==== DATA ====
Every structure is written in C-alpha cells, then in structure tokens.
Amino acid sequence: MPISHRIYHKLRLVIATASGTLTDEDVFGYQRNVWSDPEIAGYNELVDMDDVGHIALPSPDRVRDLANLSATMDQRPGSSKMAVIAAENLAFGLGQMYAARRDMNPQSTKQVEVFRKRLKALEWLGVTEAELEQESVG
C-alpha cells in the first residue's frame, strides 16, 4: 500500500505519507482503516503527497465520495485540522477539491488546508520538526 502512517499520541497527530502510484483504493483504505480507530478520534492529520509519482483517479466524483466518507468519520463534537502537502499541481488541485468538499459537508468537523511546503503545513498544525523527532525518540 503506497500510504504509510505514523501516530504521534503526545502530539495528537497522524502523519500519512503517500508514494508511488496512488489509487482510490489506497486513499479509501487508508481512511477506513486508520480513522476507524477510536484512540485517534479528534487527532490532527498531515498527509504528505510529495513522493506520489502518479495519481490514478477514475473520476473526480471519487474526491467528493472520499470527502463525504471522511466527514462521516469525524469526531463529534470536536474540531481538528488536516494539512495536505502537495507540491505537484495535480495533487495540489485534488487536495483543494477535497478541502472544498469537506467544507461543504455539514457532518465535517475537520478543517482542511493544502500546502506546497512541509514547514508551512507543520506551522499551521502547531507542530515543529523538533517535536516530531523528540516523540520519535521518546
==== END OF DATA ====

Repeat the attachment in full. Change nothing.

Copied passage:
Every structure is written in C-alpha cells, then in structure tokens.
Amino acid sequence: MPISHRIYHKLRLVIATASGTLTDEDVFGYQRNVWSDPEIAGYNELVDMDDVGHIALPSPDRVRDLANLSATMDQRPGSSKMAVIAAENLAFGLGQMYAARRDMNPQSTKQVEVFRKRLKALEWLGVTEAELEQESVG
C-alpha cells in the first residue's frame, strides 16, 4: 500500500505519507482503516503527497465520495485540522477539491488546508520538526 502512517499520541497527530502510484483504493483504505480507530478520534492529520509519482483517479466524483466518507468519520463534537502537502499541481488541485468538499459537508468537523511546503503545513498544525523527532525518540 503506497500510504504509510505514523501516530504521534503526545502530539495528537497522524502523519500519512503517500508514494508511488496512488489509487482510490489506497486513499479509501487508508481512511477506513486508520480513522476507524477510536484512540485517534479528534487527532490532527498531515498527509504528505510529495513522493506520489502518479495519481490514478477514475473520476473526480471519487474526491467528493472520499470527502463525504471522511466527514462521516469525524469526531463529534470536536474540531481538528488536516494539512495536505502537495507540491505537484495535480495533487495540489485534488487536495483543494477535497478541502472544498469537506467544507461543504455539514457532518465535517475537520478543517482542511493544502500546502506546497512541509514547514508551512507543520506551522499551521502547531507542530515543529523538533517535536516530531523528540516523540520519535521518546